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For a cancer drug to demonstrate that it works, helping patients live longer is a reasonable expectation. Aveo Oncology failed to reach that benchmark in pivotal studies not once, but twice. The first time doomed the company’s lead drug candidate to an FDA rejection. This week, the FDA approved it.
How Aveo finally won FDA approval for its drug, tivozanib, could be viewed as a story of persistence. It also reflects the changes in cancer therapies and how at least one company is finding a new place in the spectrum of kidney cancer care.
The FDA approval announced Wednesday covers use of the Aveo drug in adults with renal cell carcinoma, the most common type of kidney cancer. Those patients must have cancer that has either relapsed or has not responded to two previous treatments, making tivozanib a so-called third-line treatment.
The Aveo drug is a tyrosine kinase inhibitor (TKI), a type of cancer medicine that blocks enzymes. Tivozanib blocks three receptors of vascular endothelial growth factor (VEGF), a protein that helps form the blood vessels that support cancer growth. The FDA has already approved other cancer drugs that work this way.
Aveo first submitted tivozanib for FDA review in 2013 as a potential first-line kidney cancer treatment. Later that year, an FDA advisory committee voted nearly unanimously against recommending approval. Among the concerns reported at the time was the higher rate of death in the patient group treated with the Aveo drug compared to those given the standard of care drug, an inconsistency the FDA later raised in its rejection of tivozanib. The agency recommended that Aveo conduct another clinical trial. The regulatory stumbles cost Aveo its partnership with Astellas Pharma.
Aveo tested its drug in a new Phase 3 study enrolling 350 patients. Like the previous study, patients were randomly assigned to receive either tivozanib or sorafenib, a cancer drug co-marketed by Bayer and Onyx Pharmaceuticals under the name Nexavar. The study included patients whose prior treatment included immunotherapy, which in recent years has moved up to become the standard earlier-line of treatment in several types of cancer.
The main goal was to show progression free survival—how long patients live without the cancer worsening. Tivozanib met that mark, showing a median 5.6 months of progression-free survival compared to 3.9 months in the sorafenib group.
The other study goals were to assess overall survival and the objective response rate to the treatment. The objective response rate to the Aveo treatment was 18% compared to 8% in the control group. But on overall survival, tivozanib again fell short of the control arm. Patients treated with the drug lived a median of 16.4 months compared to 19.2 months in the sorafenib arm.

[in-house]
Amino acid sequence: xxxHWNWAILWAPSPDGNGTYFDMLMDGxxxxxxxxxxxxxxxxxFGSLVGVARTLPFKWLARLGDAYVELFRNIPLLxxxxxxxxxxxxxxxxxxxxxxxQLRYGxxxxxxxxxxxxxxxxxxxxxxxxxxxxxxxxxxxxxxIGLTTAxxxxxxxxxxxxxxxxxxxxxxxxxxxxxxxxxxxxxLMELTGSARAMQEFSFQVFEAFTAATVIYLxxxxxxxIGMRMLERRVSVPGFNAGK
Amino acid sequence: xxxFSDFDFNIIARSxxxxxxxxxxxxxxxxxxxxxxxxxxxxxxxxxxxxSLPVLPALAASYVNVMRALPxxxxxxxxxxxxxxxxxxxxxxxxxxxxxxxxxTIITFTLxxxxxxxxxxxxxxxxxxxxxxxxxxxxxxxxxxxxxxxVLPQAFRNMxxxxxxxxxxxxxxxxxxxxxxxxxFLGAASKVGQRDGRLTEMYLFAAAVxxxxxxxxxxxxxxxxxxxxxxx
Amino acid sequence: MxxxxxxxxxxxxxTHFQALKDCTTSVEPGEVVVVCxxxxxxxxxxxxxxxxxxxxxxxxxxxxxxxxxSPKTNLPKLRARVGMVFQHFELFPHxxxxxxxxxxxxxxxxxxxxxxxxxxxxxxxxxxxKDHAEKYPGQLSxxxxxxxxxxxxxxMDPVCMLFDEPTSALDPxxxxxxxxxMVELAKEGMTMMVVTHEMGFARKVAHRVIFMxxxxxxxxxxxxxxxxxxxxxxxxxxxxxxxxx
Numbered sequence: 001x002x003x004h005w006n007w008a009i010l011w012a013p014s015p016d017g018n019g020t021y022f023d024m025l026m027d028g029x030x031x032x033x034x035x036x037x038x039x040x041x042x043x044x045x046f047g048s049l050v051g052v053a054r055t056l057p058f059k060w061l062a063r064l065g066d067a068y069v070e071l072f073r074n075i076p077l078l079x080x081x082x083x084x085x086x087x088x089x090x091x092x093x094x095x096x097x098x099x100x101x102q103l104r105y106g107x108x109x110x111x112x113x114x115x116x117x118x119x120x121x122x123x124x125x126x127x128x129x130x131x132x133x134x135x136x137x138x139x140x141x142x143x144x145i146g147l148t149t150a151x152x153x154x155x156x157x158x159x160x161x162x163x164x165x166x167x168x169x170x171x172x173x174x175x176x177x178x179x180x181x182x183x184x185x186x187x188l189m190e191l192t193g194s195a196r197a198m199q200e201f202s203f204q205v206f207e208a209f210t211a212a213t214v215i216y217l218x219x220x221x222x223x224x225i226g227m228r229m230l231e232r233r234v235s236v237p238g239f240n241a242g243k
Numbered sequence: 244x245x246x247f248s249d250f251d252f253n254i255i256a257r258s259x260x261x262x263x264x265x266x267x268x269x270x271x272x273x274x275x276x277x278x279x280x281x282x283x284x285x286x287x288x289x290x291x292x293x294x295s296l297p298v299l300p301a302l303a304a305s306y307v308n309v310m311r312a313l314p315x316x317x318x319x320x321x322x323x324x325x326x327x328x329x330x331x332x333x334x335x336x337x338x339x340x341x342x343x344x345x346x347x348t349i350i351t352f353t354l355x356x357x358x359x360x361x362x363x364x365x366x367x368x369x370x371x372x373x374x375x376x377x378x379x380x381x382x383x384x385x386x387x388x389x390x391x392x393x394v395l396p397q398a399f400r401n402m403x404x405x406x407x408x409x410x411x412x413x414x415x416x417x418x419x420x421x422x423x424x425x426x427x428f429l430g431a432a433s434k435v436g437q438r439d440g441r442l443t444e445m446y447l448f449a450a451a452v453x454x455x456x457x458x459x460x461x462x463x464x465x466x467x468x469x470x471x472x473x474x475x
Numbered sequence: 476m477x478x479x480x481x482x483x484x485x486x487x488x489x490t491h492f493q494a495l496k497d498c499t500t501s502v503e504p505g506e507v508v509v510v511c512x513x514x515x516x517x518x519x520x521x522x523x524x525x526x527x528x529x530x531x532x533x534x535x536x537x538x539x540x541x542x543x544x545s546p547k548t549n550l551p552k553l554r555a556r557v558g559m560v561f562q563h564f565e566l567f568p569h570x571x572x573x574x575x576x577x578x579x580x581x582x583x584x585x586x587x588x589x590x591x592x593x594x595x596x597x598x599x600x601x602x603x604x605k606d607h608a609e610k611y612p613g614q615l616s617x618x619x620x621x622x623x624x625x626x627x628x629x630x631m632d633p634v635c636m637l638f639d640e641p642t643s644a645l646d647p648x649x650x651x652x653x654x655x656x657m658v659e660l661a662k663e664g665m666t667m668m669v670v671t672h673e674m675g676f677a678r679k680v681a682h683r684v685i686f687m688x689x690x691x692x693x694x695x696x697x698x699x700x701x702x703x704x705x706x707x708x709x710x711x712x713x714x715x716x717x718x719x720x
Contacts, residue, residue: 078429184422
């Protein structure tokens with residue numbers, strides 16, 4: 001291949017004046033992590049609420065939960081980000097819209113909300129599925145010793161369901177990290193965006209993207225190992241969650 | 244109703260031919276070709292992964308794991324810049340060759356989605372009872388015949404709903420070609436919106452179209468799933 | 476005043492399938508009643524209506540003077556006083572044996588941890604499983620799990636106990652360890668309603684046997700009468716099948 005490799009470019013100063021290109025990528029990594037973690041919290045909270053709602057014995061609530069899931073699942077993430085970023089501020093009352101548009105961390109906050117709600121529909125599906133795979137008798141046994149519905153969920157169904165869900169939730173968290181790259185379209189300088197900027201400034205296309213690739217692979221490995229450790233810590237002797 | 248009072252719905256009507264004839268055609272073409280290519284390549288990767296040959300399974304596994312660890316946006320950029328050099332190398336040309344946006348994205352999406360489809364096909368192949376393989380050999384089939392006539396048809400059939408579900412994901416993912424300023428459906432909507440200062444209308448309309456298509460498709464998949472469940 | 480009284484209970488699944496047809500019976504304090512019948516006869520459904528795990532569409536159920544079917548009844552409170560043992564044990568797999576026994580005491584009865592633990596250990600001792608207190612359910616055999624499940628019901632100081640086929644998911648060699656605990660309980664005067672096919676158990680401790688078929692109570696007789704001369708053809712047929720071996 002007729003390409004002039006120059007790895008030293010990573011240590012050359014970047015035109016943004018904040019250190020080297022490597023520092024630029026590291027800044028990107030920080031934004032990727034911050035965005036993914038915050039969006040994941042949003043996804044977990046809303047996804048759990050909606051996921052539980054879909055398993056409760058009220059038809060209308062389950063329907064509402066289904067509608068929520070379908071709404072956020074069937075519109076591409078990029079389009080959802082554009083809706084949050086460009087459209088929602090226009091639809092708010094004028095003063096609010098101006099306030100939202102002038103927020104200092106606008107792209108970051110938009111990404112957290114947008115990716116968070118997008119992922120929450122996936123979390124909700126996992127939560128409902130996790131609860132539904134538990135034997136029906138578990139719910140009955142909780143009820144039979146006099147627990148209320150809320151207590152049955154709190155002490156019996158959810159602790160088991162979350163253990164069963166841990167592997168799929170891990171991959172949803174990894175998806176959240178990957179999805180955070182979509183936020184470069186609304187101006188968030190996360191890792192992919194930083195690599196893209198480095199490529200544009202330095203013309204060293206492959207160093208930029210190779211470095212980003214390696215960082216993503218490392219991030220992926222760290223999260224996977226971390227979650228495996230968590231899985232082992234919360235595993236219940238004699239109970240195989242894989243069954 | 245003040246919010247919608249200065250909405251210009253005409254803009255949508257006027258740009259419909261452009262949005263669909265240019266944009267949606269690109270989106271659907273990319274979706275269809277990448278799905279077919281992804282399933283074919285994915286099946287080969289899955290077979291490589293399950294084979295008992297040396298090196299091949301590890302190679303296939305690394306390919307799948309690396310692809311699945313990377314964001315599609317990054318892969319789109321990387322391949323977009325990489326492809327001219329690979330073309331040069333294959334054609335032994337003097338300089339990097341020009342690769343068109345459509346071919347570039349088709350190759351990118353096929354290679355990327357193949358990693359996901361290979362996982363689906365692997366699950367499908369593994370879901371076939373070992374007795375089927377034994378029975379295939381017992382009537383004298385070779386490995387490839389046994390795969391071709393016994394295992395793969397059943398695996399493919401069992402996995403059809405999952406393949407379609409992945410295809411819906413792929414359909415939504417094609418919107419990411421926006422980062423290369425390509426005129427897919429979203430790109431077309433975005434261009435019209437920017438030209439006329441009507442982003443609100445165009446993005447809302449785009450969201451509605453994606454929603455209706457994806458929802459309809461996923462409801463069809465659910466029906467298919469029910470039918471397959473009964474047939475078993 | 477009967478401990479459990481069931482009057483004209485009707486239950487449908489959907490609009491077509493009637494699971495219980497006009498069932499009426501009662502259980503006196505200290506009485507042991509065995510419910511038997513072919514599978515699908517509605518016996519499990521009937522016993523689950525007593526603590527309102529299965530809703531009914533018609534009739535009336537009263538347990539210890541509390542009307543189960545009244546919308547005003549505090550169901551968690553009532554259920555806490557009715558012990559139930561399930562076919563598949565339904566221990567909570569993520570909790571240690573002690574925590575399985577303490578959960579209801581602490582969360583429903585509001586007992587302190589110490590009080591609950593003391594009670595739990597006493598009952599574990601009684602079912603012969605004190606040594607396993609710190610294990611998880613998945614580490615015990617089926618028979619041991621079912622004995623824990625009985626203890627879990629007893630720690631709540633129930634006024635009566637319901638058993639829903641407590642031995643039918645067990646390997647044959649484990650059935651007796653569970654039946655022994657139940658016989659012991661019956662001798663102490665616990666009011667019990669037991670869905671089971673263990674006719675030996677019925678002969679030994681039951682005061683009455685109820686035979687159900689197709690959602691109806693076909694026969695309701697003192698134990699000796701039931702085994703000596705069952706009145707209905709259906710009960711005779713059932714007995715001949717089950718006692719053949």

European regulators approved tivozanib in 2017 for treating advanced kidney cancer. But the drug still encountered hurdles on the way to the FDA. In 2019, the agency twice recommended that Aveo refrain from filing an application seeking approval. Both times, the FDA expressed concern about tivozanib’s failure to beat the standard of care in improving overall survival.
Speaking on a conference call on Wednesday, Chief Medical Officer Michael Needle characterized the overall survival results between the tivozanib group and the sorafenib arm as “similar.” Other tyrosine kinase inhibitors have not demonstrated overall survival benefit when compared with VEGF-blocking drugs, he said, adding that these drugs “seem to behave similarly as a class on overall survival.”
While Aveo continued its pursuit of FDA approval, the landscape of kidney cancer care changed. Immunotherapies, such as Bristol Myers Squibb’s nivolumab (Opdivo) and Merck’s pembrolizumab (Keytruda) have won additional FDA approvals in recent years as first-line treatments for kidney cancer. Those drugs weren’t even available when Aveo first submitted its drug for FDA review. But immunotherapy doesn’t work for all cases, which means patients need more options. That’s where Aveo sees its drug fitting. Last year, the company resubmitted tivozanib for FDA review—this time as a third-line treatment.
Chief Commercial Officer Michael Ferraresso said that as immunotherapies emerged in earlier lines of kidney cancer care, physicians need to adjust their sequence of treatments in cases where the first and second options don’t work. Ferraresso said Aveo has the advantage of being able to show physicians the data from its clinical studies evaluating patients who previously received immunotherapy.
“It’s important that you know how your drug works in sequence with these newer agents, which are now the standard of care in the front line,” he said. “Many of these older agents do not have that type of dataset.”
Ferraresso said an estimated 16,000 new first-line metastatic patients are diagnosed annually. Of those, about 10,000 need third or fourth treatment options, but nearly half of them go untreated. Those patients are the candidates for Aveo’s drug.
Aveo licensed tivozanib from Kyowa Kirin, a Japan-based pharma company. The U.S. biotech holds exclusive rights to develop and commercialize the drug in cancer in all countries outside of Asia and the Middle East. Aveo has tested tivozanib, by itself and in combination with immunotherapies, in both kidney and liver cancers.
Tivozanib, which will be marketed under the name Fotivda, will have a wholesale price of $24,150 per cycle, which is higher than sorafenib but less expensive than Eisai’s lenvatinib (Lenvima), which earned FDA approval in 2016 for treating kidney cancer. Aveo plans to make its drug available by the end of March.
Photo: HYWARDS, Getty Images

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